"For a lot of our members, it’s really difficult to have them come out, either because of parking or something else," explains Vincente Garcia, a union representative who is supervising the picketing.
So instead, the union hires unemployed people at the minimum wage—$8.25 an hour—to walk picket lines. Mr. Raye says he’s grateful for the work, even though he’s not sure why he’s doing it. "I could care less," he says. "I am being paid to march around and sound off."



The Ten Weirdest Sharks Ever

We are in the midst of the Discovery Channel’s annual celebration known as Shark Week. In honor of the occasion, here’s a look at the strangest species of sharks, both living and extinct.

1. Sawshark

(Image credit: Flickr user Gore Fiendus/Jerry Frausto)
There are seven known species of sawsharks (Pristiophoriformes) that have long snouts with teeth, but they are not related to sawfish (although sawsharks are fish). They swim along the floor of the ocean and use their snouts exactly as you would imagine: they smack their prey sideways to disable them. Sawsharks eat squid, crustaceans, and small fish. They look much more dangerous than they are.

2. Basking Shark

The basking shark (Cetorhinus maximus) is the second-largest of all living shark species, with only the whale shark growing larger. They normally grow to 20-26 feet long, with the biggest confirmed specimen measuring over 40 feet long! They have mouths up to three feet wide, which they hold open while swimming. That’s because they are filter feeders that scoop up plankton, crustaceans, and small fish as they swim.

3. Hammerheads

(Image credit: Flickr user David Biesack)
There are eight or nine different species of hammerhead sharks (Sphyrna), named for their unusual shape. The reason behind the peculiar shape of the shark’s head was debated for many years. Scientists speculated that the distance between the shark’s eye gave it some kind of advantage. Recent research confirms this. Hammerhead sharks can see a range of 360 degrees vertically. They can easy see behind them with a slight turn of the head, and most importantly, their two eyes have a huge overlap of field compared to other sharks, indicating they have excellent binocular vision. Hammerhead sharks are able to judge distances well by sight alone. They also differ from other sharks in that they tend to swim in schools and they can develop a tan when exposed to sunlight.

4. Megamouth Shark

Is there a more descriptive name for any animal than a megamouth shark? The megamouth (Megachasma pelagios) was first discovered in 1976. It is a filter feeder with very small teeth, but swims with its huge mouth open to scoop up jellyfish and plankton. The megamouth shark is a rare creature and is rarely seen. There have been only 41 confirmed sightings, including one last year in which a megamouth was caught and eaten by fishermen in the Philippines. See a video of a live megamouth at YouTube.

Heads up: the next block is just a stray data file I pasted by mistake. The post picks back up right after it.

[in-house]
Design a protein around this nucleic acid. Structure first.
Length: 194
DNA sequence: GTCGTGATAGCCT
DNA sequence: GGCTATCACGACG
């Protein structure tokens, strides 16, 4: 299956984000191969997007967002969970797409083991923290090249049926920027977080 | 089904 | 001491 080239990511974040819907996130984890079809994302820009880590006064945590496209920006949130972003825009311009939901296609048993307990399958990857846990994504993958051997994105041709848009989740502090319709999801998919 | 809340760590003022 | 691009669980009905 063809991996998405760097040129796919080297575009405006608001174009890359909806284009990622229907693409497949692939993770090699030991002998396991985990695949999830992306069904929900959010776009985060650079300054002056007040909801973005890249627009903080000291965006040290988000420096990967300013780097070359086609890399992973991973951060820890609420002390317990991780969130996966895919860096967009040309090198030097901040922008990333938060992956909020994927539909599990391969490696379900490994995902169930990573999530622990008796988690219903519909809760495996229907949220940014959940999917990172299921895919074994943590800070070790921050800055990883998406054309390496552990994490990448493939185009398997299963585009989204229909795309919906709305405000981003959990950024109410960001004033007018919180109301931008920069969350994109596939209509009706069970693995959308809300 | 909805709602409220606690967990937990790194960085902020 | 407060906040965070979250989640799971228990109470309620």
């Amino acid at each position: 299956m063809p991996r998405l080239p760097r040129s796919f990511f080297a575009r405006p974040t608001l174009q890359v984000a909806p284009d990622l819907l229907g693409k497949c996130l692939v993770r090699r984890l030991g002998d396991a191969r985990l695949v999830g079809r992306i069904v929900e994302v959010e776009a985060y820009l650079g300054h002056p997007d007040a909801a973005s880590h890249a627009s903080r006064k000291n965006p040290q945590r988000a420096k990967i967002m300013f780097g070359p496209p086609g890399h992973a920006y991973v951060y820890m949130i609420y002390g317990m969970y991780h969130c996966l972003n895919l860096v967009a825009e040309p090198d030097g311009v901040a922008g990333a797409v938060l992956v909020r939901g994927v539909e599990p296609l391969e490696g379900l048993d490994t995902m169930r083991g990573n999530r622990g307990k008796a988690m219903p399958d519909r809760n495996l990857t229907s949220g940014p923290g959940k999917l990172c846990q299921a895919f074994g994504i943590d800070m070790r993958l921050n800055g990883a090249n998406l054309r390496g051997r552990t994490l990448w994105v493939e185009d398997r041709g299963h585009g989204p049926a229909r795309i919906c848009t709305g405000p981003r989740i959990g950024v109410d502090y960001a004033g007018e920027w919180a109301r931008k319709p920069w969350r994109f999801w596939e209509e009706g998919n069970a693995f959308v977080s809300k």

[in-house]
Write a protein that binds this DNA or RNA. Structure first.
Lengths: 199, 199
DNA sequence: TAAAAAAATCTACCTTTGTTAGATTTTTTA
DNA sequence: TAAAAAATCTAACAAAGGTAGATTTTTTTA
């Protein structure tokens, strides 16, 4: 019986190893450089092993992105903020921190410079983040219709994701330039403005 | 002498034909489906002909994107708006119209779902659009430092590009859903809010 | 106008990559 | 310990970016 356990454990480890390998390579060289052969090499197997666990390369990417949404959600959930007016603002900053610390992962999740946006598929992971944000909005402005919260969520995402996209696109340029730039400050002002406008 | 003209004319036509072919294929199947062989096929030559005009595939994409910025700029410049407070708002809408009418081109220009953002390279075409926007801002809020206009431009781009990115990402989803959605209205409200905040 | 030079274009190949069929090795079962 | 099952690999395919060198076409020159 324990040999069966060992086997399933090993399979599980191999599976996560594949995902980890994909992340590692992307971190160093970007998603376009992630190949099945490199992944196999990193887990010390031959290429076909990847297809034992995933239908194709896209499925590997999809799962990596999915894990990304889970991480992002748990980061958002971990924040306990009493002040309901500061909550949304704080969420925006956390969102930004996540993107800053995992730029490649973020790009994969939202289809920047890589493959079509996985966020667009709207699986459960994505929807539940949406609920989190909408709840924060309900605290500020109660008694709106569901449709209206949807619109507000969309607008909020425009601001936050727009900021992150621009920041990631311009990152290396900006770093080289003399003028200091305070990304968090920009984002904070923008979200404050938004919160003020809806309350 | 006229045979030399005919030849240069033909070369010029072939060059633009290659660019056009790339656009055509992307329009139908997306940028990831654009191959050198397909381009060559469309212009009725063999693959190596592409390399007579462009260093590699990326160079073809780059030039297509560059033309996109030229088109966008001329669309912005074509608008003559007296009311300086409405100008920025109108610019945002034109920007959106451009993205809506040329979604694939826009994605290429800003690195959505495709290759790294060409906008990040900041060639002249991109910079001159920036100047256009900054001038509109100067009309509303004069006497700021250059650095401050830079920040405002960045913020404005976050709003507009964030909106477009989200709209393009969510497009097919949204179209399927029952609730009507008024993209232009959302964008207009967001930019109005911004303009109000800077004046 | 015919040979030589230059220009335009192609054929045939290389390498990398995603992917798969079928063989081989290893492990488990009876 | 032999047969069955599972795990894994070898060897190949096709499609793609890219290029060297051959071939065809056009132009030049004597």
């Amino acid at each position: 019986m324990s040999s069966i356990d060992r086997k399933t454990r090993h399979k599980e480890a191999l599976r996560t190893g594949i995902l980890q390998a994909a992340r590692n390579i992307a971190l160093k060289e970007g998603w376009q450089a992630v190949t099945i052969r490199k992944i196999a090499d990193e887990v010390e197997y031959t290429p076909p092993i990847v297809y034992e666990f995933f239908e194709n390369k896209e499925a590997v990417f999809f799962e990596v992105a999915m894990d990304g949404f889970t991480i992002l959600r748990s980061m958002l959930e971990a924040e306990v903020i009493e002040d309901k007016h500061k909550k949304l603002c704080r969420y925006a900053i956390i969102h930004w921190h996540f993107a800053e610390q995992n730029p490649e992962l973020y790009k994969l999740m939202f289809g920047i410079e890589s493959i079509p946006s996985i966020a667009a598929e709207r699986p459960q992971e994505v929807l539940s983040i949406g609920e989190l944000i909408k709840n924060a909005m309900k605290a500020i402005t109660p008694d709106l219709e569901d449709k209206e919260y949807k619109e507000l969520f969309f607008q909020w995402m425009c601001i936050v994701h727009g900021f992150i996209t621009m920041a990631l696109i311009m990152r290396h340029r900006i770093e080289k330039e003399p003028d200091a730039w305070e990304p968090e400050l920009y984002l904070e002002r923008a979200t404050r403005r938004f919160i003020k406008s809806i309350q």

5. Thresher Shark

The thresher shark (Alopiidae) is most notable because of its long upper caudal (tail) fin which may account for half the shark’s total length. The thresher shark eats small fish, and will sometimes tap the water with its tail to herd schools of fish into tight spots, making them easier to eat. They can also use their tails to stun their prey which a good smack. Thresher sharks are usually 10-15 feet long, and can grow up to 20 feet long -but remember, about half of that length is tail fin.

6. Frilled Shark

The frilled shark (Chlamydoselachus anguineus) comes very close to our image of a sea serpent from ancient lore. These sharks are not particularly large at about six feet long with a slender body, but they are very flexible and can move in a rather un-sharklike way. When the shark flares its neck frill, it can look quite menacing. However, they are rarely seen by humans as they prefer to hunt in deep ocean depths.

7. Cookie Cutter Shark

The cookie cutter shark (Isistius brasiliensis) got that strange name from its habit of biting chunks of flesh from its prey by wrenching its body around in a circular motion after sinking its teeth into a fish too big to eat whole. Ouch! The cookie cutter shark reaches only around twenty inches in length, but has been known to bite into whales, submarines, and people. It has a small bioluminescent patch that fools other creatures into thinking it is a much smaller fish than it really is while the rest of the cookie cutter fish waits in the dark.

8. Goblin Shark

The goblin shark (Mitsukurina owstoni) is a deep water species that is rarely seen by humans. It is believed to be an ancient species even by shark standards. It has an unusually long snout, which you’d think would make it hard for this shark to eat, except that the goblin shark has one strange feature to compensate. It has jaws that can protrude out of its face, like the alien in the move Alien.
If you think that may give you nightmares, just keep telling yourself that goblin sharks live way too deep to be a threat to humans.

9. Whorl Shark